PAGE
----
On October 11, Microsoft released message MC123292 to Office 365 tenant administrators to tell them that they plan to improve the way they communicate major changes within Office 365. Sighs of blessed relief all round.
Change management has long been an issue for Microsoft. Despite an array of communication methods from the Office 365 Roadmap to weekly change digests emailed to administrators, Microsoft has just not been able to share news at the right time. The fiasco when news broke that Teams will replace Skype for Business Online two weeks ahead of schedule is one example. Changing how support works without telling people the reasons why is another. The March 2017 plan to create Office 365 Groups for managers based on their direct reports was another disaster.
Not all the problems lie with Office 365 as the Azure Active Directory team has not helped either. In August, Office 365 tenants found out about the new sign-in experience on August 1, a day before the Azure AD people told us what they had done. The recent “clarification” about Azure AD Premium licensing requirements for Office 365 Groups and Teams included some shocks too.
I could go on. However, what is important is that the folks who run change management for Office 365 understand that Microsoft has not been at its sparkling best when it communicates how and when change occurs. According to Microsoft, approximately 25 changes roll out within Office 365 monthly, or 300 annually, which creates a lot of opportunity for fubar moments.
Microsoft’s definition of what major changes within Office 365 is as follows:
We have seen changes in all categories in the last year, so this is not a theoretical exercise.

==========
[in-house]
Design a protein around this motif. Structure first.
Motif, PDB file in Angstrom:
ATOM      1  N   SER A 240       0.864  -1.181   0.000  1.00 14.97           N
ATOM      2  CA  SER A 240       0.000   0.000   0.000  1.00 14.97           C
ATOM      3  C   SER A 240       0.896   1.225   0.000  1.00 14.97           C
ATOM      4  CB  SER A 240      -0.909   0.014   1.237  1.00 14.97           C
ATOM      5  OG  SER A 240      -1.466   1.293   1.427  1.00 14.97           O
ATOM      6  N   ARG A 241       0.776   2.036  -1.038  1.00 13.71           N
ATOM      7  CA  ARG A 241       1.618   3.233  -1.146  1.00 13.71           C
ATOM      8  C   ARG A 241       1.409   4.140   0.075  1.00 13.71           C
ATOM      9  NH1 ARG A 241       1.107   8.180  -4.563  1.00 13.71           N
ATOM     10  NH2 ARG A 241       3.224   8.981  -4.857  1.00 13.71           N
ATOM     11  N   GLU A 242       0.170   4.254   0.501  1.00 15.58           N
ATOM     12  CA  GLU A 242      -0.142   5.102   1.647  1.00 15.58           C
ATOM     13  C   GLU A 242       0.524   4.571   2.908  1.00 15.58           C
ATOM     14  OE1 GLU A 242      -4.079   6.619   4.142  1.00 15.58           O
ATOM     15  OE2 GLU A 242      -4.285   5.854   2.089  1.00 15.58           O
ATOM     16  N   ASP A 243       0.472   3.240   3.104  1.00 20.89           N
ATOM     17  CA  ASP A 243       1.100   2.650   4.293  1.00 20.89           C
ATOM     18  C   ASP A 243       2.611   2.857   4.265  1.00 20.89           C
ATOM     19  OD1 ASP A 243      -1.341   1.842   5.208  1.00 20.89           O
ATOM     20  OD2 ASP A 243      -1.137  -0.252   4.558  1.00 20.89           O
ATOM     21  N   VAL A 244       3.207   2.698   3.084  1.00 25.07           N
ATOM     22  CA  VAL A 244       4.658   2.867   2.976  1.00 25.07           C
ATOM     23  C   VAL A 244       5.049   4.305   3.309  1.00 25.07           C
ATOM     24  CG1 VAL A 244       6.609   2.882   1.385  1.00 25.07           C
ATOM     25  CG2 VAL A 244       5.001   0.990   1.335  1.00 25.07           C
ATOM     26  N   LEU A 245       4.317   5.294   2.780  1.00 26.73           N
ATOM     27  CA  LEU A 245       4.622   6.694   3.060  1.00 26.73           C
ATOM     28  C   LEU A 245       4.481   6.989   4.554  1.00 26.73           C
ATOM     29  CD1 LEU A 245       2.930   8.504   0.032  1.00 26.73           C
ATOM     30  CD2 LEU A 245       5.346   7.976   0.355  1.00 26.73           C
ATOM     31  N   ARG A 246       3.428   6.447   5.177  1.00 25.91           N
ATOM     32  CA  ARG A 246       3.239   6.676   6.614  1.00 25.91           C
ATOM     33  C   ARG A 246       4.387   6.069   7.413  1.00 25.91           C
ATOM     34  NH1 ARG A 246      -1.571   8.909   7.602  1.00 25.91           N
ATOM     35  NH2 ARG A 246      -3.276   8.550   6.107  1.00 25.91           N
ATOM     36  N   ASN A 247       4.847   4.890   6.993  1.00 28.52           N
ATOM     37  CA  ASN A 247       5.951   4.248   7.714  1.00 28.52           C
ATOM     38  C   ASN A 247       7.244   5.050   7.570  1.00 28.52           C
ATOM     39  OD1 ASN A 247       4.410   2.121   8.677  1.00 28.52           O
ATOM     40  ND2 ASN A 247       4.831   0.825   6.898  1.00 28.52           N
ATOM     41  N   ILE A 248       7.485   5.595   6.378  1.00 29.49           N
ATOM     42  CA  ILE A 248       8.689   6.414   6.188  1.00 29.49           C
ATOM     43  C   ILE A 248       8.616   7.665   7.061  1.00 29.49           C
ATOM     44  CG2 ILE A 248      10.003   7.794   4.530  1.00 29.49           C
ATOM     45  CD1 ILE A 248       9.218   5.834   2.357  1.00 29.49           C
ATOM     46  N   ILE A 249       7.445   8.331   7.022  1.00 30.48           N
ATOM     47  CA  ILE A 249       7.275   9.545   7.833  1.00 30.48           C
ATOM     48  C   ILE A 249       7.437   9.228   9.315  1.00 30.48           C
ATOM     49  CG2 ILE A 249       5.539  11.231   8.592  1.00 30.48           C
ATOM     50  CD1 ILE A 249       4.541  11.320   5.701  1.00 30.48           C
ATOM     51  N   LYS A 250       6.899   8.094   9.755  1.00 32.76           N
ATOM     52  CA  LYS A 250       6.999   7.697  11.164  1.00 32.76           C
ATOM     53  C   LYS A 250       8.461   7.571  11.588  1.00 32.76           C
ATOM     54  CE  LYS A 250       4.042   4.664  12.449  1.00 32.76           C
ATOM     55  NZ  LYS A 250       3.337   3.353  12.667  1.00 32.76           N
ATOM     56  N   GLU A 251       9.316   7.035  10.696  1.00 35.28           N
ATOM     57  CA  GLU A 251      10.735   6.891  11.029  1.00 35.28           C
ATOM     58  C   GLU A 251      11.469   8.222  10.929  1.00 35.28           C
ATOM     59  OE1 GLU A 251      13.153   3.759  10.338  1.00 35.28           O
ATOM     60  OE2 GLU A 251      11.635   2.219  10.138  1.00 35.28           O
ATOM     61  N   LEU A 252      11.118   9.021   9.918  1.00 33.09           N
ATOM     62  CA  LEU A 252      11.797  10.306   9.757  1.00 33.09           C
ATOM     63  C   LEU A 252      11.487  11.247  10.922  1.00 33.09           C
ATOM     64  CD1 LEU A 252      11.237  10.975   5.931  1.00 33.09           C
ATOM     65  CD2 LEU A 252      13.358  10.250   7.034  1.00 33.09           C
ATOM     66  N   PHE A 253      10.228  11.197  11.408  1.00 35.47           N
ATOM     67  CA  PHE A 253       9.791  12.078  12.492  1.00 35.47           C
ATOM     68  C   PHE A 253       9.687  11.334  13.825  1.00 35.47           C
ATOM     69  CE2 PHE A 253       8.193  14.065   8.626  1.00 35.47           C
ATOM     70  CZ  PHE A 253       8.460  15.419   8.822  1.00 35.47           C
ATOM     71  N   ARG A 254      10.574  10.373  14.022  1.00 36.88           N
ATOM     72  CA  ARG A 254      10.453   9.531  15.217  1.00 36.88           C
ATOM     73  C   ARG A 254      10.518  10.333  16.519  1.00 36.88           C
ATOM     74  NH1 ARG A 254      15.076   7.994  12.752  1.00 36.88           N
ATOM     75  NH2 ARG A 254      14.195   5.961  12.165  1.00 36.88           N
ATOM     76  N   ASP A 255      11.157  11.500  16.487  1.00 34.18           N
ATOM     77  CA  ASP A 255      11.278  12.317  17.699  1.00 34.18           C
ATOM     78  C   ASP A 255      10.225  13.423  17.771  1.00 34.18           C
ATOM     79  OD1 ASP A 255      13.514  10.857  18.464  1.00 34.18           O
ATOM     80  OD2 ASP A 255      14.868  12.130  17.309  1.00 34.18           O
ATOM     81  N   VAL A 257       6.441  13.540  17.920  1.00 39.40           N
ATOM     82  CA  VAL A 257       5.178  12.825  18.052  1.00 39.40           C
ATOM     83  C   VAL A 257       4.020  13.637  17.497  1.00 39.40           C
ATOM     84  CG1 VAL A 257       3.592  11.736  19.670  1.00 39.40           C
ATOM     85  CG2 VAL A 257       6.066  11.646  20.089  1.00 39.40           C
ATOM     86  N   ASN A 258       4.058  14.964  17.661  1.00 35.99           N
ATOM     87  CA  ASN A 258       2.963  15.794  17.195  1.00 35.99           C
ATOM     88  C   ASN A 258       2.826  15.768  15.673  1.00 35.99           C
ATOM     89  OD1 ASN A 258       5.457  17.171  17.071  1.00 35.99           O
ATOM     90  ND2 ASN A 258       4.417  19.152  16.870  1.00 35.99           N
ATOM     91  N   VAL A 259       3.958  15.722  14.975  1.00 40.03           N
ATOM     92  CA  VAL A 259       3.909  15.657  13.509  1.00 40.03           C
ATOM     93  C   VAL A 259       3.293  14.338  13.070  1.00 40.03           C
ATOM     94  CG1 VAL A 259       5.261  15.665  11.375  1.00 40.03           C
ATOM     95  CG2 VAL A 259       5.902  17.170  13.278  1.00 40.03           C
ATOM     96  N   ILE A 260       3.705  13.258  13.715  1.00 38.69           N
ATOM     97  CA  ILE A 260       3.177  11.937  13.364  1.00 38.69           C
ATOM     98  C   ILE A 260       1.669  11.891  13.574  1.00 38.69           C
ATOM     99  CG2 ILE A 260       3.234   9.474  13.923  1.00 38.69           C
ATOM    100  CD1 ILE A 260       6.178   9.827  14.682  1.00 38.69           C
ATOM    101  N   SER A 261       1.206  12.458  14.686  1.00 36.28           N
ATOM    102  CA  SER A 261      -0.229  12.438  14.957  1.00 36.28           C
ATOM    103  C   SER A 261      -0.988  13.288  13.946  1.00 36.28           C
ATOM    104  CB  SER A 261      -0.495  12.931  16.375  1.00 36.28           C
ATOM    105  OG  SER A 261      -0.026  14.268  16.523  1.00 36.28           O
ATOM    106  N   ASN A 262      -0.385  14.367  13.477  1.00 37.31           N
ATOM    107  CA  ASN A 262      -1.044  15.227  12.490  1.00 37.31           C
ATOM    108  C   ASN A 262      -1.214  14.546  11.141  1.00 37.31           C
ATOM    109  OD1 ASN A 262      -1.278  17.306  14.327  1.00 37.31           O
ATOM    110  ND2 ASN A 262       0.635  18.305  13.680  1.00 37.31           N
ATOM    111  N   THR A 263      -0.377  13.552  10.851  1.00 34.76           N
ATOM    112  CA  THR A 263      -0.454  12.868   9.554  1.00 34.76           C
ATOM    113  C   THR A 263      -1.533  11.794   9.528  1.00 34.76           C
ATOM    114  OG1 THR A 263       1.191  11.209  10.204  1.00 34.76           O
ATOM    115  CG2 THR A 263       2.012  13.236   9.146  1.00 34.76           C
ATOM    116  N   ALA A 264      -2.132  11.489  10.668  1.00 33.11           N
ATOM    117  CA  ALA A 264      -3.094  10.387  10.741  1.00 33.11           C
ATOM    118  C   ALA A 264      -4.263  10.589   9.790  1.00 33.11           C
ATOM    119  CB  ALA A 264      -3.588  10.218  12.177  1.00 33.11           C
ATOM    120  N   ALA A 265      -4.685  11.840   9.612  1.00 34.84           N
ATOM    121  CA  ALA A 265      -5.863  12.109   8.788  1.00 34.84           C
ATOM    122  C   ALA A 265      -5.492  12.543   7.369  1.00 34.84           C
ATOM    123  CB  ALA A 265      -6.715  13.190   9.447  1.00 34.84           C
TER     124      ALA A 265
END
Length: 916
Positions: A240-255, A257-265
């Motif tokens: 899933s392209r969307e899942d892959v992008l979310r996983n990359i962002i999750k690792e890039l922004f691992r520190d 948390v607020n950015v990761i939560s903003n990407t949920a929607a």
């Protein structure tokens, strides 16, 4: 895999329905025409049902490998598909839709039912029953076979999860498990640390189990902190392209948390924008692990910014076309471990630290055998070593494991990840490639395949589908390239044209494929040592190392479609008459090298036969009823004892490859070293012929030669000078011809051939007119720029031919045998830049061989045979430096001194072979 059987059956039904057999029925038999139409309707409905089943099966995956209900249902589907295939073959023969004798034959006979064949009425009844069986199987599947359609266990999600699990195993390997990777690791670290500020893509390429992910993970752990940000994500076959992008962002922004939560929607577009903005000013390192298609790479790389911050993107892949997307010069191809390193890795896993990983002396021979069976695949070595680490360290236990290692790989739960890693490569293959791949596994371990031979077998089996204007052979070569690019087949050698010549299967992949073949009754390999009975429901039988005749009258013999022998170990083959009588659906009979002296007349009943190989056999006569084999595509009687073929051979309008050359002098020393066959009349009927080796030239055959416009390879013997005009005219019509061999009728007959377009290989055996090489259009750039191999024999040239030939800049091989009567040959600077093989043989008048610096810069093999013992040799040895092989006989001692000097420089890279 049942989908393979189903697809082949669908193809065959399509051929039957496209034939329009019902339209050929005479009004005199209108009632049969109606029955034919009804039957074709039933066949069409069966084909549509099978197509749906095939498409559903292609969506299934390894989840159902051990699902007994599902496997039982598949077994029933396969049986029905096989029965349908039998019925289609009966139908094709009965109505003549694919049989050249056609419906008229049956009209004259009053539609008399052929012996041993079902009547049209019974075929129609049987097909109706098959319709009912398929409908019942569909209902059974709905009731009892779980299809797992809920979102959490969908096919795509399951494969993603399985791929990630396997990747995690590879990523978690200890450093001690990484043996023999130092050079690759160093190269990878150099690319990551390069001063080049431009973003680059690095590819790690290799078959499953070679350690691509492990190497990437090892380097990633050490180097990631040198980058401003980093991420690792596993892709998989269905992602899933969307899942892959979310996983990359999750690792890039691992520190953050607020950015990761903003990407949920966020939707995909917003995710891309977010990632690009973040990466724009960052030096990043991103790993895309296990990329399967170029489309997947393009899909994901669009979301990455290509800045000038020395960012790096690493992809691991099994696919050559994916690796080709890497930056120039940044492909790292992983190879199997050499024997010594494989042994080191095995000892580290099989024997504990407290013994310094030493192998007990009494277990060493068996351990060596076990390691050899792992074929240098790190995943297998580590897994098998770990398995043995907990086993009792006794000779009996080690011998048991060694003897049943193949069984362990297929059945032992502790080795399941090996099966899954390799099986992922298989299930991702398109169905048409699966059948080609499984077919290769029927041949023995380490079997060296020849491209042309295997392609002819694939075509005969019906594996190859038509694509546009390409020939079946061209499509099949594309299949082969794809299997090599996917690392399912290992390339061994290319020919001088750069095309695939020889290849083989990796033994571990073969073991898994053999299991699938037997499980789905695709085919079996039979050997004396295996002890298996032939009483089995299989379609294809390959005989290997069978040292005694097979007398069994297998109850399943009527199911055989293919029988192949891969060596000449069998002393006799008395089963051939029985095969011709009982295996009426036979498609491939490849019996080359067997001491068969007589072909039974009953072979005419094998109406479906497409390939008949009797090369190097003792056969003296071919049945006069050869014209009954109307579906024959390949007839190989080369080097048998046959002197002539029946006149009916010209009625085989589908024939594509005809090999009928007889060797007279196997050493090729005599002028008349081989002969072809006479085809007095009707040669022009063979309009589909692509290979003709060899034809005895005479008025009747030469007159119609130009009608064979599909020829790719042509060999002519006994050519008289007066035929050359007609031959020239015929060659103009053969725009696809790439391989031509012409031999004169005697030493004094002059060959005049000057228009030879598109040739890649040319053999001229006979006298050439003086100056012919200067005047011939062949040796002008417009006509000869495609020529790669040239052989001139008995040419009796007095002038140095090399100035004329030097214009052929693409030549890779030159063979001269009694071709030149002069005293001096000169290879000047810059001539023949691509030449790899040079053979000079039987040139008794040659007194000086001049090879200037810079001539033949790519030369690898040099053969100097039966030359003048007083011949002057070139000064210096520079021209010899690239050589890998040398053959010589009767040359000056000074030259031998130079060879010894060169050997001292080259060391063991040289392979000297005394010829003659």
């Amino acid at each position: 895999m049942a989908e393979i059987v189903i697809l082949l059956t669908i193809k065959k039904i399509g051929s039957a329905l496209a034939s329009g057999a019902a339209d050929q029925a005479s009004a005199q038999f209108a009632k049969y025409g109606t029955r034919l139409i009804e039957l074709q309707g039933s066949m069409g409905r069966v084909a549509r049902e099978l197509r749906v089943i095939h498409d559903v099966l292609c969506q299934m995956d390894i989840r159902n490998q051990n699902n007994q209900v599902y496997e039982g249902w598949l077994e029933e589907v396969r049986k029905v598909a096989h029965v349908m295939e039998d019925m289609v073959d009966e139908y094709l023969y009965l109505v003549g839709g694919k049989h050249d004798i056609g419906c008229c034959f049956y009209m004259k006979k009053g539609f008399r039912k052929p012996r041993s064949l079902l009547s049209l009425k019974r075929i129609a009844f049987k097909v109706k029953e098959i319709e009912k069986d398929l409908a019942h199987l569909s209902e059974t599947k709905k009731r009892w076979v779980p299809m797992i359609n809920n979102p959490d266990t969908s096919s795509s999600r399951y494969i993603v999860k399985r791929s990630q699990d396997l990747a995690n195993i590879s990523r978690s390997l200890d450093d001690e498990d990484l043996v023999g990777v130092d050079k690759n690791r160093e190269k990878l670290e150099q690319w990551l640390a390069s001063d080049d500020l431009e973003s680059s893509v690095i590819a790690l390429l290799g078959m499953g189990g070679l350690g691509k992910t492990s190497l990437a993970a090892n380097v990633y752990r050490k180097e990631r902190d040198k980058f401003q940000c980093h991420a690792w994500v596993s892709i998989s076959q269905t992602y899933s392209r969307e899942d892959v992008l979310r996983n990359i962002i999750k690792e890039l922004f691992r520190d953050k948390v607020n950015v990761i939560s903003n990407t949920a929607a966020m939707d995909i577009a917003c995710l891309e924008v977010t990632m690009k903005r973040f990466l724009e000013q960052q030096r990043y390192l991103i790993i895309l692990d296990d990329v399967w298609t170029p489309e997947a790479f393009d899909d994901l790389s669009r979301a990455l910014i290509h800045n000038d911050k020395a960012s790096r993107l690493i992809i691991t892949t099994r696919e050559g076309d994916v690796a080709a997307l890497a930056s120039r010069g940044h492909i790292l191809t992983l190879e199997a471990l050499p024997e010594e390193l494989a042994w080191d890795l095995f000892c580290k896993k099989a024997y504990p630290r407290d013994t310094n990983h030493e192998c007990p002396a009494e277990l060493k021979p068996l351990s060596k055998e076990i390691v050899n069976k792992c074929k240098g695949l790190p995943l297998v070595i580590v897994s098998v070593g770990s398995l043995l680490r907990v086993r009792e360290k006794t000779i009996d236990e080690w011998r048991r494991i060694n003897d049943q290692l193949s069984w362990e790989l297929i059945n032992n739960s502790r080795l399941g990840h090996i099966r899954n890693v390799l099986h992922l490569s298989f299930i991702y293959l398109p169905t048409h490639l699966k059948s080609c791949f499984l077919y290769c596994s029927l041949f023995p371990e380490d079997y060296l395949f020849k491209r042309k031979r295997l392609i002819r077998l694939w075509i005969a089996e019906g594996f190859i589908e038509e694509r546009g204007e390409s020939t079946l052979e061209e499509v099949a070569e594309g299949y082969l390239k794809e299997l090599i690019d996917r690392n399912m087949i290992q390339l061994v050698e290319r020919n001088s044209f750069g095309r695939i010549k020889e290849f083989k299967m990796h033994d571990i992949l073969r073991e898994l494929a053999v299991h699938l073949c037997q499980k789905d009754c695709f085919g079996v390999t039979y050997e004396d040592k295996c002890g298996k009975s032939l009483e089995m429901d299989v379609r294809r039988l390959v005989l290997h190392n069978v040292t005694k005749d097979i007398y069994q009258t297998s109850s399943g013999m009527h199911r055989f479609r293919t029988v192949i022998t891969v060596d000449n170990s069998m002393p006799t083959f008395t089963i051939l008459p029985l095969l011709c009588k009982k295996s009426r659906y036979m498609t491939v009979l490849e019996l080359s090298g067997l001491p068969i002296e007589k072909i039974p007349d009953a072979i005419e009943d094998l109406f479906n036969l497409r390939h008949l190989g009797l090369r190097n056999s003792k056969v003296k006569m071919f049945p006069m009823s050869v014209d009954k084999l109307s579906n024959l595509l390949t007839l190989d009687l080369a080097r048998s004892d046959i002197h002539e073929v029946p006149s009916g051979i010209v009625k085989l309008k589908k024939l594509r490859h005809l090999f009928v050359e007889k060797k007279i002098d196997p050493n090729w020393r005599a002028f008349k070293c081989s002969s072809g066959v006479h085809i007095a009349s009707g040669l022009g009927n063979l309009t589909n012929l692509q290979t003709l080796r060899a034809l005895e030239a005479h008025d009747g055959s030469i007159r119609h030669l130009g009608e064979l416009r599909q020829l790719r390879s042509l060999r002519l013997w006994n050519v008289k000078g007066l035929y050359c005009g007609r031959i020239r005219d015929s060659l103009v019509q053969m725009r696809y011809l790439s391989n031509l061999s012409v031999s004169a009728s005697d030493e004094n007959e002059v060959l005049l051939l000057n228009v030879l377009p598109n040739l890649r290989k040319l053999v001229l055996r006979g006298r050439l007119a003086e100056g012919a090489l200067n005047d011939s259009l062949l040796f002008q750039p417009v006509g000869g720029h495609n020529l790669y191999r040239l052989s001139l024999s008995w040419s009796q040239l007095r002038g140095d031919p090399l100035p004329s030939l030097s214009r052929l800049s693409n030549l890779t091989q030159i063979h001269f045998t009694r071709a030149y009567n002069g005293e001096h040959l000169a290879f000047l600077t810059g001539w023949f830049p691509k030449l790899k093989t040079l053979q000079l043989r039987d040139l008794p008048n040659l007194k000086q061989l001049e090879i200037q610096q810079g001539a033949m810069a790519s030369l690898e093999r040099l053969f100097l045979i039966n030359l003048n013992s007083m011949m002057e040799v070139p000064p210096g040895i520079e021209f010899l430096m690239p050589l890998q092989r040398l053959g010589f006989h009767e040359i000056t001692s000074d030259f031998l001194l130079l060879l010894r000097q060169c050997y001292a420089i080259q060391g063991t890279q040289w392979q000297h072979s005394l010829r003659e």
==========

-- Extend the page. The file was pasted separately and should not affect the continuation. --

In the future, when a major change is on the Office 365 horizon, you can expect to receive “change awareness notifications,” messages to tell you that a major change is coming, how it might affect you, and if you need to take any action. Major updates are also flagged in the Office 365 message center. You will know whether this is an announcement, in which case the change might be in preview with selected tenants, or a targeted release. The messages tell you the current status of the feature and how long it is before the feature reaches standard release.
Targeted release is the new name for what used to be “First Release” (Figure 1). Tenants have to the choice to run the whole tenant in Targeted Release to take early advantage of new features or have a mixture of users divided into Targeted Release and Standard Release, the default software available to any Office 365 tenant.
Standard Release is the point at which features reach “general availability” (GA) and generally, a feature is in targeted release for at least 30 days before it reaches GA. Many organizations run a small test tenant configured for Targeted Release and perhaps some previews to get early notice of what is coming.
Microsoft is now rolling out the notifications for major updates.
I like the way that Microsoft has reacted to the failures in change management this year. I expect that it will make life easier when tenants get clear and unambiguous notifications of major updates. Of course, the proof of this pudding is in its eating and Microsoft will be judged by how change management works within Office 365 during the coming year. We live in hope.
For more information, see the recording of session BRK2044 from the Ignite conference.
Follow Tony on Twitter @12Knocksinna.
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